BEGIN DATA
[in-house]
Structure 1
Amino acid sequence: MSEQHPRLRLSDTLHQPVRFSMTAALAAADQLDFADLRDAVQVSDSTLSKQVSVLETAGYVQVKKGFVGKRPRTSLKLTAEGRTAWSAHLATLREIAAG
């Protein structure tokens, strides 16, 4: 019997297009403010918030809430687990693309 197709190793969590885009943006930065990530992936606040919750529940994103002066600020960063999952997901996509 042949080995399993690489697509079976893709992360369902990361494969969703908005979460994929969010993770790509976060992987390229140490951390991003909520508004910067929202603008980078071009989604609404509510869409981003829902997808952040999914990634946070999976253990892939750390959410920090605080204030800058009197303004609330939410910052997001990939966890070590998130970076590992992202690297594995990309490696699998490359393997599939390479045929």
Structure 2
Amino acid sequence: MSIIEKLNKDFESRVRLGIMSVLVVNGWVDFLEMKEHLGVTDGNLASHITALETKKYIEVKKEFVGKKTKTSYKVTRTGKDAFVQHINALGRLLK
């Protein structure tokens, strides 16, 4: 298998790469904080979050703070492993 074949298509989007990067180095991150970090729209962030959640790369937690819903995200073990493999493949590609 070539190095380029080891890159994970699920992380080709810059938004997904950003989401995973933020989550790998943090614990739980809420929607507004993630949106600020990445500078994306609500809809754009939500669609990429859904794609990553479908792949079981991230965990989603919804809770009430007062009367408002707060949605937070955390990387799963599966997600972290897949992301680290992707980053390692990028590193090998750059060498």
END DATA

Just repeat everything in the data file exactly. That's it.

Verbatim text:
[in-house]
Structure 1
Amino acid sequence: MSEQHPRLRLSDTLHQPVRFSMTAALAAADQLDFADLRDAVQVSDSTLSKQVSVLETAGYVQVKKGFVGKRPRTSLKLTAEGRTAWSAHLATLREIAAG
């Protein structure tokens, strides 16, 4: 019997297009403010918030809430687990693309 197709190793969590885009943006930065990530992936606040919750529940994103002066600020960063999952997901996509 042949080995399993690489697509079976893709992360369902990361494969969703908005979460994929969010993770790509976060992987390229140490951390991003909520508004910067929202603008980078071009989604609404509510869409981003829902997808952040999914990634946070999976253990892939750390959410920090605080204030800058009197303004609330939410910052997001990939966890070590998130970076590992992202690297594995990309490696699998490359393997599939390479045929």
Structure 2
Amino acid sequence: MSIIEKLNKDFESRVRLGIMSVLVVNGWVDFLEMKEHLGVTDGNLASHITALETKKYIEVKKEFVGKKTKTSYKVTRTGKDAFVQHINALGRLLK
């Protein structure tokens, strides 16, 4: 298998790469904080979050703070492993 074949298509989007990067180095991150970090729209962030959640790369937690819903995200073990493999493949590609 070539190095380029080891890159994970699920992380080709810059938004997904950003989401995973933020989550790998943090614990739980809420929607507004993630949106600020990445500078994306609500809809754009939500669609990429859904794609990553479908792949079981991230965990989603919804809770009430007062009367408002707060949605937070955390990387799963599966997600972290897949992301680290992707980053390692990028590193090998750059060498």